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Yankees among teams scouting Cuban shortstop Aledmys Diaz


Who will man shortstop for the Yankees next year after Derek Jeter retires? Well, here’s one possibility.

FOX Sports’ Jon Morosi reports that the Yankees were among the teams in attendance today to watch a showcase for Cuban shortstop Aledmys Diaz in Arizona. The Cardinals, Blue Jays, Mariners, Padres, and Giants were also on hand.

Diaz, 23, hit .315/.404/.500 with 12 home runs and 11 stolen bases in 313 plate appearances at-bats during his last season in Cuba from 2011-2012. There are questions about his defense, so his future might actually be at second base.

Diaz was originally expected to sign with a team last offseason, but he was suspended for a year for falsifying his age in an effort to get around MLB’s international spending cap and land a bigger contract. He’ll be eligible to sign next week, so we could see something come together pretty soon.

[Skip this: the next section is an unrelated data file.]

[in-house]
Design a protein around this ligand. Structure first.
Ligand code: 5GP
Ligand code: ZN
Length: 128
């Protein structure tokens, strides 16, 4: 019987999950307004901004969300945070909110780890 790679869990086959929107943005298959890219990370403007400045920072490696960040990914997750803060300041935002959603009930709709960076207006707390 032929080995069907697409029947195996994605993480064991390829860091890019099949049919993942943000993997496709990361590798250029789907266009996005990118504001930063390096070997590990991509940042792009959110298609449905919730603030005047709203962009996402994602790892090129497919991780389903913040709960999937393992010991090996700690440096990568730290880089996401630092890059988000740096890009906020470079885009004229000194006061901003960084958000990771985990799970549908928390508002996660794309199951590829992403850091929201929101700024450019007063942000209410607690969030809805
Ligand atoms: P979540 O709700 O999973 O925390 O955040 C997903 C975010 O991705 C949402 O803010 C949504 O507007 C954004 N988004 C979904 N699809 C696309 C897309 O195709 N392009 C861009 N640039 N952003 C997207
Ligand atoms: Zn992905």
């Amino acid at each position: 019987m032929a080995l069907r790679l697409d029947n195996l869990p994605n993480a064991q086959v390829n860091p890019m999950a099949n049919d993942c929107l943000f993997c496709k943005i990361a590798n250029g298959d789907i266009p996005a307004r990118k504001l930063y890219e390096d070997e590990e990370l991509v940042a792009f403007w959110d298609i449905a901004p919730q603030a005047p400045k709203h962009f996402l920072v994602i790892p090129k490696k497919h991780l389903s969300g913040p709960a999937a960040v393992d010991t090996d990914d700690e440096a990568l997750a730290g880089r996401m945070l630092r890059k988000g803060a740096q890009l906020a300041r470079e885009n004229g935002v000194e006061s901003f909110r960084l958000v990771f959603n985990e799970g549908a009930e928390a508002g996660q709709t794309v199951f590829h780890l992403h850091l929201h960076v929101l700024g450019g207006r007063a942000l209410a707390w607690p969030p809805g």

Jason Kipnis plans to play through a disgusting-looking ankle sprain

CLEVELAND, OH - OCTOBER 14:  Jason Kipnis #22 of the Cleveland Indians fields the ball against the Toronto Blue Jays during game one of the American League Championship Series at Progressive Field on October 14, 2016 in Cleveland, Ohio.  (Photo by Jason Miller/Getty Images)
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Jason Kipnis sprained his ankle while celebrating the Indians ALCS win over the Blue Jays. In the runup to tonight’s game, Terry Francona has said that Kipnis would be fine, that he’s a gamer, etc., etc. You know, the usual “when the bell rings, all of the aches and pains go away” kind of thing.

Today, however, we see that this sprained ankle is maybe not your run-of-the-mill late season bump or bruise:


Um, yikes.

Indians beat writer jumps in Lake Erie to settle a bet

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Back in September Cleveland Plain Dealer beat writer Paul Hoynes ruffled a lot of feathers when he declared the Indians DOA. His rationale: too many injuries to Indians starters weakened the club too greatly. Even if they did make the playoffs, Hoynes argued, they wouldn’t go far.

A reader made a bet with him at the time: if the Indians didn’t make the World Series, he’d jump in Lake Erie. If they did, Hoynes would.

Today Hoynes made good on his bet. You haven’t lived until you’ve seen a baseball writer drop trou, by the way: